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Re: General Resolution: Removing non-free

On Wed, Jun 07, 2000 at 08:30:13PM +1000, Robert Graham Merkel wrote:
> Disclaimer: I'm not a developer yet, but I'm in the new-maintainer
> queue.  I have used Debian since version 1.3.

Glad to see fresh people -- welcome aboard.

> I could pose a point-by-point rebuttal to the rationale behind 
> this resolution, but it seems to me that the assumption is 
> that making it difficult for people to use non-free software on 
> Debian will encourage people to use exclusively free software, 
> which will benefit the Free Software community.

I think you misunderstand the point of the GR.  The point is *not* to make
non-free software difficult to use.  The point is to redirect some of
Debian's official development resources away from the upkeep of non-free
packages.  Note all the qualifiers, especially "official".  Debian
developers will still be free to maintain non-free .deb packages.  Non-free
.deb packages will continue to exist.  They just wouldn't be hosted on
official Debian mirrors.  A parallel mirror network could be set up, and
the mirrors that currently opt-in to non-free could opt-in to that.  We
might need to implement the long-discussed "Origin:" or similar field in
dpkg.  A separate BTS would need to be set up for the non-free packages.
The automatic bug reporting tools might need to be made aware of these
alternative bug systems.

*All* of these changes are in fact innovations that don't have anything to
do with non-free software.  Rather, they acknowledge the success of the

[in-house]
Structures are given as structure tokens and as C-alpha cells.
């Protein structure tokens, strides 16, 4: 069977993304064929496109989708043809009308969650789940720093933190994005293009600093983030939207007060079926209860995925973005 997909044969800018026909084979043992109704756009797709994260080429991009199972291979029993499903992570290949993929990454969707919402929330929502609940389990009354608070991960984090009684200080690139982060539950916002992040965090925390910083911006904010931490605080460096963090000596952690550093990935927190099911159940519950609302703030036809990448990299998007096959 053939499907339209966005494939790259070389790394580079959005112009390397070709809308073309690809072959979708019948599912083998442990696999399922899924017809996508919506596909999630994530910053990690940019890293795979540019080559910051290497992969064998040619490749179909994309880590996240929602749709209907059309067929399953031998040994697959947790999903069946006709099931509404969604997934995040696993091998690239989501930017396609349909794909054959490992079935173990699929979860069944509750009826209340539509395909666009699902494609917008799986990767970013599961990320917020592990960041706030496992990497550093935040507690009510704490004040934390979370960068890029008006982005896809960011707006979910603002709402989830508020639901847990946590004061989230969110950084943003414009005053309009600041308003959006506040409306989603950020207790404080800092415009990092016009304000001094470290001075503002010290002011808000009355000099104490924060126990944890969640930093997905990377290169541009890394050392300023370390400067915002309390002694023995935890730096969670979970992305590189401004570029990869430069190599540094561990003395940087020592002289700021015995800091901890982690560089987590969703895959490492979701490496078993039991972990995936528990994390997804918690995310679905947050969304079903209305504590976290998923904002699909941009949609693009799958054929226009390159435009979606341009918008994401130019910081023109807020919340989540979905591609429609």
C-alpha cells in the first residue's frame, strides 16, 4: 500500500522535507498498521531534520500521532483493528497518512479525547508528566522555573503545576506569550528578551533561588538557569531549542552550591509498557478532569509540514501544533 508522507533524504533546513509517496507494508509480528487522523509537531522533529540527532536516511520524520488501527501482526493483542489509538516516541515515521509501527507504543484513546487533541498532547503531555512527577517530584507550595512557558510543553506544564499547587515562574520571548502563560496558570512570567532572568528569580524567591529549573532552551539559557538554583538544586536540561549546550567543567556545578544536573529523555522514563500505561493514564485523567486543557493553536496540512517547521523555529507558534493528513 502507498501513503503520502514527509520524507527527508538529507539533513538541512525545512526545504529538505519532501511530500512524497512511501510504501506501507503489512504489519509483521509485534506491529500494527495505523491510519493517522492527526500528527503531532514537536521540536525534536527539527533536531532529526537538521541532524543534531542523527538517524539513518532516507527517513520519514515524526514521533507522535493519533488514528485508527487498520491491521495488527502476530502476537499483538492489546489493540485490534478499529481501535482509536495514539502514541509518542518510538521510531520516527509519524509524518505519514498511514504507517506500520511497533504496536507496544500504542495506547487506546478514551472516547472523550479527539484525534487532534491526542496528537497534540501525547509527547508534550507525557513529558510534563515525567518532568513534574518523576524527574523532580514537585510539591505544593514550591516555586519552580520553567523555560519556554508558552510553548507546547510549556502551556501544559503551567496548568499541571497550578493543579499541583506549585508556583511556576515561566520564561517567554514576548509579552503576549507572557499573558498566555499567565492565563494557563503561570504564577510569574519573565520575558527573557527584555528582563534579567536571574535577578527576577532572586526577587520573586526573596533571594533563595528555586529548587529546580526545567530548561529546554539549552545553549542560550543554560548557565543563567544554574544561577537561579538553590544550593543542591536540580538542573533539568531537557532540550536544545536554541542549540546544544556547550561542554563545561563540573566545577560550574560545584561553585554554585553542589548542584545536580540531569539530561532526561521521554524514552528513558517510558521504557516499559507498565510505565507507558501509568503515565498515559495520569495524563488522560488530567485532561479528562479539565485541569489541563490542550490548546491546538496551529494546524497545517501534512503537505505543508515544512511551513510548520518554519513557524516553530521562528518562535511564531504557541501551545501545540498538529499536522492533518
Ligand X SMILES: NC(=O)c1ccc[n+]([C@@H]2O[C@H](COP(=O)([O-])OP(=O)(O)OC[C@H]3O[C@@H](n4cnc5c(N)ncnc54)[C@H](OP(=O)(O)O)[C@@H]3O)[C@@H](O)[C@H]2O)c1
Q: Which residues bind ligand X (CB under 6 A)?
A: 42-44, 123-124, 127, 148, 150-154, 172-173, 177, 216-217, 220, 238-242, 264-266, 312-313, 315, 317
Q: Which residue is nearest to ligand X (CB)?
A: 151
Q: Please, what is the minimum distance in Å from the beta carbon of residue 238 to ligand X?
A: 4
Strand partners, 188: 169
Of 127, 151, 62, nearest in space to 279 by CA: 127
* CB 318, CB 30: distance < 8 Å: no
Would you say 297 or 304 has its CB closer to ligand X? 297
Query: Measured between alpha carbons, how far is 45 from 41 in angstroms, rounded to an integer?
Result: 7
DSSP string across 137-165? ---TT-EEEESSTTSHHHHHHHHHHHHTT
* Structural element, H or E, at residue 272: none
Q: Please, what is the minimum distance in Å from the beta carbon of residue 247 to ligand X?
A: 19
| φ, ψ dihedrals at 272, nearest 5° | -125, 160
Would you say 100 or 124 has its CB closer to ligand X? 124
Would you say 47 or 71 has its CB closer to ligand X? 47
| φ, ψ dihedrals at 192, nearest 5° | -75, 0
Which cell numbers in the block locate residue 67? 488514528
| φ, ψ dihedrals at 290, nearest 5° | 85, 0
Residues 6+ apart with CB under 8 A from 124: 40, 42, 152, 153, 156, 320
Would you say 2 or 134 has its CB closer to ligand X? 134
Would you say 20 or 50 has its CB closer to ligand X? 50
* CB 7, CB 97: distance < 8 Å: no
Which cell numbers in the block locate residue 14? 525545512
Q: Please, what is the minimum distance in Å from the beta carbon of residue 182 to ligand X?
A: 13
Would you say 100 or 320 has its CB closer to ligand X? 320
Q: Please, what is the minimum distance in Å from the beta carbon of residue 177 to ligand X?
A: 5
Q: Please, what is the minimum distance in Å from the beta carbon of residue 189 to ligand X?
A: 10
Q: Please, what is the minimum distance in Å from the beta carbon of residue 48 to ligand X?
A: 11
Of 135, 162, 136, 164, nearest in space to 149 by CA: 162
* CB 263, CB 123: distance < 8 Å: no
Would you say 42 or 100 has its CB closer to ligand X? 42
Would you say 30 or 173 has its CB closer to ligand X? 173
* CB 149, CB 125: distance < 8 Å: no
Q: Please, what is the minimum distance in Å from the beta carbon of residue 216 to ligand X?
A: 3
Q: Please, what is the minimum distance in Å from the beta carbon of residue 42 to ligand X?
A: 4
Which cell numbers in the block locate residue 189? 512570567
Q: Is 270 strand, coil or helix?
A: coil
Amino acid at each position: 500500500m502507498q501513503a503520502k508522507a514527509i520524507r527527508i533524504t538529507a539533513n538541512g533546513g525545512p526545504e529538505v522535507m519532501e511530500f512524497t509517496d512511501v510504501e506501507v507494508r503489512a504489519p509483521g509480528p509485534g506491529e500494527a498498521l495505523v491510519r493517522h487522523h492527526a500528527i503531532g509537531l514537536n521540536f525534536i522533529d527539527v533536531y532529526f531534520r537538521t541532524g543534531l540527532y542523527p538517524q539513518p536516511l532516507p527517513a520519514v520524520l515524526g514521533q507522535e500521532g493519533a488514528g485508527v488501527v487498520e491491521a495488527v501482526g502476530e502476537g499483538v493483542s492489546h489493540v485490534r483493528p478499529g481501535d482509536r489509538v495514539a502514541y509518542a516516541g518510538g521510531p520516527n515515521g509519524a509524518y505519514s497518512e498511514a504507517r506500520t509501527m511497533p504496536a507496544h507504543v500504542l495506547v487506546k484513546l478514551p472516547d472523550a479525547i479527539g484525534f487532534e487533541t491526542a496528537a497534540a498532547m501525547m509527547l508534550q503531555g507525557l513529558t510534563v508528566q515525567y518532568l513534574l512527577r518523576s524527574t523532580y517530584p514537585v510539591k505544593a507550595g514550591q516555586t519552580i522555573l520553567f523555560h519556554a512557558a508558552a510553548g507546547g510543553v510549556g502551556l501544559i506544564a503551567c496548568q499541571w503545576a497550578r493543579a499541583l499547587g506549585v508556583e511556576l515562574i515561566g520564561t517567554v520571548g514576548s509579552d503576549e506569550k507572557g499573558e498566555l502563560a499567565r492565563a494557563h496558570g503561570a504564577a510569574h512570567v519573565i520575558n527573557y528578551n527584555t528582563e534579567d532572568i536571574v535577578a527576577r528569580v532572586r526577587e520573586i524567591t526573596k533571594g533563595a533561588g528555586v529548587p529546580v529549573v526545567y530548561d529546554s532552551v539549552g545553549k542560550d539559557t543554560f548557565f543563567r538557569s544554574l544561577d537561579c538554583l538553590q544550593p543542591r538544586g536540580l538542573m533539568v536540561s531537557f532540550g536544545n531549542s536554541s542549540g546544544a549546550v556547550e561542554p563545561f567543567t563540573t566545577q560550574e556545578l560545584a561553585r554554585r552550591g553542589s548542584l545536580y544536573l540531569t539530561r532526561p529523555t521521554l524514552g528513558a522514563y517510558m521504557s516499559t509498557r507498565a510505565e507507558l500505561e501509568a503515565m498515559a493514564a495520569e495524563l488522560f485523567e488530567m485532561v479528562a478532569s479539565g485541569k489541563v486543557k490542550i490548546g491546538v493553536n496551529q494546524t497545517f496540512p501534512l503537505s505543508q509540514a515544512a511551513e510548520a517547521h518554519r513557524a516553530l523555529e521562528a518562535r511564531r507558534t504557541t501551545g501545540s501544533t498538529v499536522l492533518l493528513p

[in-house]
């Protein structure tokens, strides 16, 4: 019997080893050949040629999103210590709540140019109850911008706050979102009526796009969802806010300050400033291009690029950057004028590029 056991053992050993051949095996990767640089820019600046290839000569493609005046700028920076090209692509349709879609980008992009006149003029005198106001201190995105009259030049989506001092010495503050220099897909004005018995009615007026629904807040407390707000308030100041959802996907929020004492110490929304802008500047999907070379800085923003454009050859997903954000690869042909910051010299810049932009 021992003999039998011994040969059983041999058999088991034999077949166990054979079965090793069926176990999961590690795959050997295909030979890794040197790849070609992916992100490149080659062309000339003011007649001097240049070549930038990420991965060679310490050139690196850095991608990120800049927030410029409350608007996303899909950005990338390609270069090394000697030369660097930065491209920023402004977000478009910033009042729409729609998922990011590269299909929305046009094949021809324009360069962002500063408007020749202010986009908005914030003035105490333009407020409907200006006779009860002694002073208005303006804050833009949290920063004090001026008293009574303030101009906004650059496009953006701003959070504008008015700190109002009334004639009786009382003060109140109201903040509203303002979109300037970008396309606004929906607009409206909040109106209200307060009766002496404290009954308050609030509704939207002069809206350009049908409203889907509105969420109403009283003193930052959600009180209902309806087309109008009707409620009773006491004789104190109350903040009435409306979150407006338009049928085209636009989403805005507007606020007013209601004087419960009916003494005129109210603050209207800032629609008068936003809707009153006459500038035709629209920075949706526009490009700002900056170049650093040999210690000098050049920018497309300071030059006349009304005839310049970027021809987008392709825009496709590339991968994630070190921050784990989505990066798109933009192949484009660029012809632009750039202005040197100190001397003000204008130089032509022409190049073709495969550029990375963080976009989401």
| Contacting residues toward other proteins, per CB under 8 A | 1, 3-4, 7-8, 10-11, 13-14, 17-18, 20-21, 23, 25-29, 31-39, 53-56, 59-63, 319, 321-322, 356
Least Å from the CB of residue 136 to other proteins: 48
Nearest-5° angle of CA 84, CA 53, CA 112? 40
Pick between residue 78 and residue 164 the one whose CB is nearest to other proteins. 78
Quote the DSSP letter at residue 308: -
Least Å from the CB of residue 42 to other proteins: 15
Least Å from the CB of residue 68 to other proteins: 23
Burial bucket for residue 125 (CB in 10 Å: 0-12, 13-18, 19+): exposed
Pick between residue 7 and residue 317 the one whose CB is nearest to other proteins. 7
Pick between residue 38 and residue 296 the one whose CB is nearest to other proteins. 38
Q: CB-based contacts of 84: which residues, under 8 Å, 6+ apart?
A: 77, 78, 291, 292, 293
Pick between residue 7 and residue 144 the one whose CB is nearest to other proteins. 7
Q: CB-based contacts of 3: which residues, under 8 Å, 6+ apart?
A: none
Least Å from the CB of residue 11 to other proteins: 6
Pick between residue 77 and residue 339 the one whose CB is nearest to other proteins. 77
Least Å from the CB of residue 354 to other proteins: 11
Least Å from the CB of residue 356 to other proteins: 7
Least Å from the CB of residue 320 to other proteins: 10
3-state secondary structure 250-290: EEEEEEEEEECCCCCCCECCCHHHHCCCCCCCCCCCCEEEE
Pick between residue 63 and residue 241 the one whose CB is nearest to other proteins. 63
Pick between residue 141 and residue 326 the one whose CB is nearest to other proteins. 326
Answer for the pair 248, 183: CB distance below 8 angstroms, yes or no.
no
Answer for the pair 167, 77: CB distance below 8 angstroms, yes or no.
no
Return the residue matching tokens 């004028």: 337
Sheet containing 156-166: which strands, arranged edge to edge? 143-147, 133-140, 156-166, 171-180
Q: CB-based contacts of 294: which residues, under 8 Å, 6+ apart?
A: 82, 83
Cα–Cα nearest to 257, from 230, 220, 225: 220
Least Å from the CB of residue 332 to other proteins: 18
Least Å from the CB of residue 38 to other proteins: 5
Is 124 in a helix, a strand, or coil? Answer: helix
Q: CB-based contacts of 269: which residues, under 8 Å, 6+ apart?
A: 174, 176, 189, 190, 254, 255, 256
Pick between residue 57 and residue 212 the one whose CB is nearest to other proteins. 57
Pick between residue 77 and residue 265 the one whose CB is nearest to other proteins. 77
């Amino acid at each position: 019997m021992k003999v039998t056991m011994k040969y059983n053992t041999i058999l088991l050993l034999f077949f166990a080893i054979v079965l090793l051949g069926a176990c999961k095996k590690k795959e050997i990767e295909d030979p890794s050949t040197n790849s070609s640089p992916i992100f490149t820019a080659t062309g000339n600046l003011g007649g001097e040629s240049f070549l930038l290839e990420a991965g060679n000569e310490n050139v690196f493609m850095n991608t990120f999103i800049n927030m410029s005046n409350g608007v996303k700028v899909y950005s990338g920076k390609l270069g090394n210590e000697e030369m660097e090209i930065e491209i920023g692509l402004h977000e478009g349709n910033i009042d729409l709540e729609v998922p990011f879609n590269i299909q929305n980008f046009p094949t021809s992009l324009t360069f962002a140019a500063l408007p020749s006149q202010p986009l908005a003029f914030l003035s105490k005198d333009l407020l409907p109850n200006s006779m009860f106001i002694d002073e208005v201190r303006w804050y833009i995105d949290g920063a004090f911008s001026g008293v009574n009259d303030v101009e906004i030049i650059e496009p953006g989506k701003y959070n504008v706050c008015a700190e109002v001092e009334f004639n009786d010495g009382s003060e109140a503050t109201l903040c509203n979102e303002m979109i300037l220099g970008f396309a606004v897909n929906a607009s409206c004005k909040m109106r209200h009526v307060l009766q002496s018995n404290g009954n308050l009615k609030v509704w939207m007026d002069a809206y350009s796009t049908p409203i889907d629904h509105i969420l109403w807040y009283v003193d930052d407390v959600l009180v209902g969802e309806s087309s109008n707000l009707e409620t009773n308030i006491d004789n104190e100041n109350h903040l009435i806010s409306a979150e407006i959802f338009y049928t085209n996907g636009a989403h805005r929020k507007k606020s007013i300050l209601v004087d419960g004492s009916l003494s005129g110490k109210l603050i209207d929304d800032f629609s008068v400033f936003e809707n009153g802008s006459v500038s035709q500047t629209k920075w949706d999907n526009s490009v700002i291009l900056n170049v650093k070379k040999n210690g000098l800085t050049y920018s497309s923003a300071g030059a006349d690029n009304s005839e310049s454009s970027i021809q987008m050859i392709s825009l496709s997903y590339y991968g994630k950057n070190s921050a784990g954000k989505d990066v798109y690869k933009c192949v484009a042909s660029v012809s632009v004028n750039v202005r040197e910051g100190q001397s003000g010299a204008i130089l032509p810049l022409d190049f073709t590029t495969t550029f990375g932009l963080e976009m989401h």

Debian package format.  Look at Corel and Stormix.  We don't get their bug
reports -- where do they go?  We don't ship Corel and Stormix .debs...where
do they come from?  Obviously these are problems that have already been
solved.  We can put support for alternative sources and support networks
for .deb packages in our official tools.  Yes, it will require a little bit
of effort.

The General Resolution is not a ban on making .deb packages of non-free
software.  Such a ban could not be enforced.  The license on dpkg does not
tell you what you can and cannot package with it.

> Instead, the likely impact of this resolution is that users
> who currently need to or choose to use non-free software will use
> another distribution.  You may view this as no loss.  I disagree.

If the transition is handled well, and if there are people willing to do
the work -- if there are as many people willing to work for the continued
support of non-free .deb packages as there are to argue about this General
Resolution, then the impact on our users need not be very large at all.

> If you wish to convince people to use free software, I would venture
> that it is easier to do so once they are using Debian, rather than
> virtually force them to make the leap before they install.

Debian has always consisted only of free software.  Non-free .deb packages
have existed for a very long time, and will likely continue to exist for a
good while longer.  This General Resolution does not attempt to change
these facts at all.  A lot of people seem to be confusing .deb packages
with the Debian Project's official endorsement.  In light of the existence
other Debian-based Linux products (I can think of 3 off the top of my
head), it is irresponsible to permit this confusion to continue to exist.
If the passage of this GR helps to achieve that end, then that is good.
The present problem appears to be one of education, as many people --
especially non-developers -- expressing disagreement with the GR don't even
seem to understand what it means.

G. Branden Robinson            |
Debian GNU/Linux               |    The noble soul has reverence for itself.
branden@ecn.purdue.edu         |    -- Friedrich Nietzsche
roger.ecn.purdue.edu/~branden/ |

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